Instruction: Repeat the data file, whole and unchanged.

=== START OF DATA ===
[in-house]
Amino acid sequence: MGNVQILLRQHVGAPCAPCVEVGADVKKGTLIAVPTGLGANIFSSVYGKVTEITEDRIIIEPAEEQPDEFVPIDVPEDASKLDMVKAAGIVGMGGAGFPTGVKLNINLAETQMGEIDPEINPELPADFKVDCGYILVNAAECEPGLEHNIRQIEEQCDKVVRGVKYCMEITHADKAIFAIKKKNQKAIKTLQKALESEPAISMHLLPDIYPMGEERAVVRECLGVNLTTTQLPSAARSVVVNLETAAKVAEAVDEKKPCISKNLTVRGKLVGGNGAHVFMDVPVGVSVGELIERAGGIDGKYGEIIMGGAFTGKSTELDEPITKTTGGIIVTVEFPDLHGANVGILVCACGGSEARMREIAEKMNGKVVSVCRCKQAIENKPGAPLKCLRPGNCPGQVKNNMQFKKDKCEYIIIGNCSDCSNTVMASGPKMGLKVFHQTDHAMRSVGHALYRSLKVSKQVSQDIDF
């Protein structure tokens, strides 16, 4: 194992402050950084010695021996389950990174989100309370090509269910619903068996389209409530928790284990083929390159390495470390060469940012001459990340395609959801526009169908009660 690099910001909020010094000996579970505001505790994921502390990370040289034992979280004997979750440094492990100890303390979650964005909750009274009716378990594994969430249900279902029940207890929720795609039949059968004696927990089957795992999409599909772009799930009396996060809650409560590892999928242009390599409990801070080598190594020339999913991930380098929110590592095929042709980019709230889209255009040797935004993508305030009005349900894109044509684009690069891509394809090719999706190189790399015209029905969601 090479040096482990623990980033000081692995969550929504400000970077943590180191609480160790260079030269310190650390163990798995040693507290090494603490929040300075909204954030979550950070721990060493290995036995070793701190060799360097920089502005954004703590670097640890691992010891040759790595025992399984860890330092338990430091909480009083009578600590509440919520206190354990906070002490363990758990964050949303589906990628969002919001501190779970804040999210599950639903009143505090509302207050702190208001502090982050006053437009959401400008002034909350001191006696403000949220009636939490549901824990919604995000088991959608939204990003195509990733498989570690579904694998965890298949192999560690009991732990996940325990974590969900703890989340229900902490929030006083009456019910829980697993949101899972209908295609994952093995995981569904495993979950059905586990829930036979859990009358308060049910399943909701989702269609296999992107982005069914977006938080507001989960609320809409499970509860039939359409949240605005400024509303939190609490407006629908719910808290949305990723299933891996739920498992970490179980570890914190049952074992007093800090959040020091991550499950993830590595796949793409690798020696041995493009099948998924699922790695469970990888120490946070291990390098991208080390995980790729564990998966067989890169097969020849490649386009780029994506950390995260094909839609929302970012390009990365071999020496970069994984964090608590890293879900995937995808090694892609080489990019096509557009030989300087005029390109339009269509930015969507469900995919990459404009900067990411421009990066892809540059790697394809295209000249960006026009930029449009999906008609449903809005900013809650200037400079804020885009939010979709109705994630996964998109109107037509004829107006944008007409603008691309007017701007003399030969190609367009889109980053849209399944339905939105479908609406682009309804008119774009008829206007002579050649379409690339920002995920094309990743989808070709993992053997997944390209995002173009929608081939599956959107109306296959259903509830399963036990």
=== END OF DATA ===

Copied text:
[in-house]
Amino acid sequence: MGNVQILLRQHVGAPCAPCVEVGADVKKGTLIAVPTGLGANIFSSVYGKVTEITEDRIIIEPAEEQPDEFVPIDVPEDASKLDMVKAAGIVGMGGAGFPTGVKLNINLAETQMGEIDPEINPELPADFKVDCGYILVNAAECEPGLEHNIRQIEEQCDKVVRGVKYCMEITHADKAIFAIKKKNQKAIKTLQKALESEPAISMHLLPDIYPMGEERAVVRECLGVNLTTTQLPSAARSVVVNLETAAKVAEAVDEKKPCISKNLTVRGKLVGGNGAHVFMDVPVGVSVGELIERAGGIDGKYGEIIMGGAFTGKSTELDEPITKTTGGIIVTVEFPDLHGANVGILVCACGGSEARMREIAEKMNGKVVSVCRCKQAIENKPGAPLKCLRPGNCPGQVKNNMQFKKDKCEYIIIGNCSDCSNTVMASGPKMGLKVFHQTDHAMRSVGHALYRSLKVSKQVSQDIDF
């Protein structure tokens, strides 16, 4: 194992402050950084010695021996389950990174989100309370090509269910619903068996389209409530928790284990083929390159390495470390060469940012001459990340395609959801526009169908009660 690099910001909020010094000996579970505001505790994921502390990370040289034992979280004997979750440094492990100890303390979650964005909750009274009716378990594994969430249900279902029940207890929720795609039949059968004696927990089957795992999409599909772009799930009396996060809650409560590892999928242009390599409990801070080598190594020339999913991930380098929110590592095929042709980019709230889209255009040797935004993508305030009005349900894109044509684009690069891509394809090719999706190189790399015209029905969601 090479040096482990623990980033000081692995969550929504400000970077943590180191609480160790260079030269310190650390163990798995040693507290090494603490929040300075909204954030979550950070721990060493290995036995070793701190060799360097920089502005954004703590670097640890691992010891040759790595025992399984860890330092338990430091909480009083009578600590509440919520206190354990906070002490363990758990964050949303589906990628969002919001501190779970804040999210599950639903009143505090509302207050702190208001502090982050006053437009959401400008002034909350001191006696403000949220009636939490549901824990919604995000088991959608939204990003195509990733498989570690579904694998965890298949192999560690009991732990996940325990974590969900703890989340229900902490929030006083009456019910829980697993949101899972209908295609994952093995995981569904495993979950059905586990829930036979859990009358308060049910399943909701989702269609296999992107982005069914977006938080507001989960609320809409499970509860039939359409949240605005400024509303939190609490407006629908719910808290949305990723299933891996739920498992970490179980570890914190049952074992007093800090959040020091991550499950993830590595796949793409690798020696041995493009099948998924699922790695469970990888120490946070291990390098991208080390995980790729564990998966067989890169097969020849490649386009780029994506950390995260094909839609929302970012390009990365071999020496970069994984964090608590890293879900995937995808090694892609080489990019096509557009030989300087005029390109339009269509930015969507469900995919990459404009900067990411421009990066892809540059790697394809295209000249960006026009930029449009999906008609449903809005900013809650200037400079804020885009939010979709109705994630996964998109109107037509004829107006944008007409603008691309007017701007003399030969190609367009889109980053849209399944339905939105479908609406682009309804008119774009008829206007002579050649379409690339920002995920094309990743989808070709993992053997997944390209995002173009929608081939599956959107109306296959259903509830399963036990």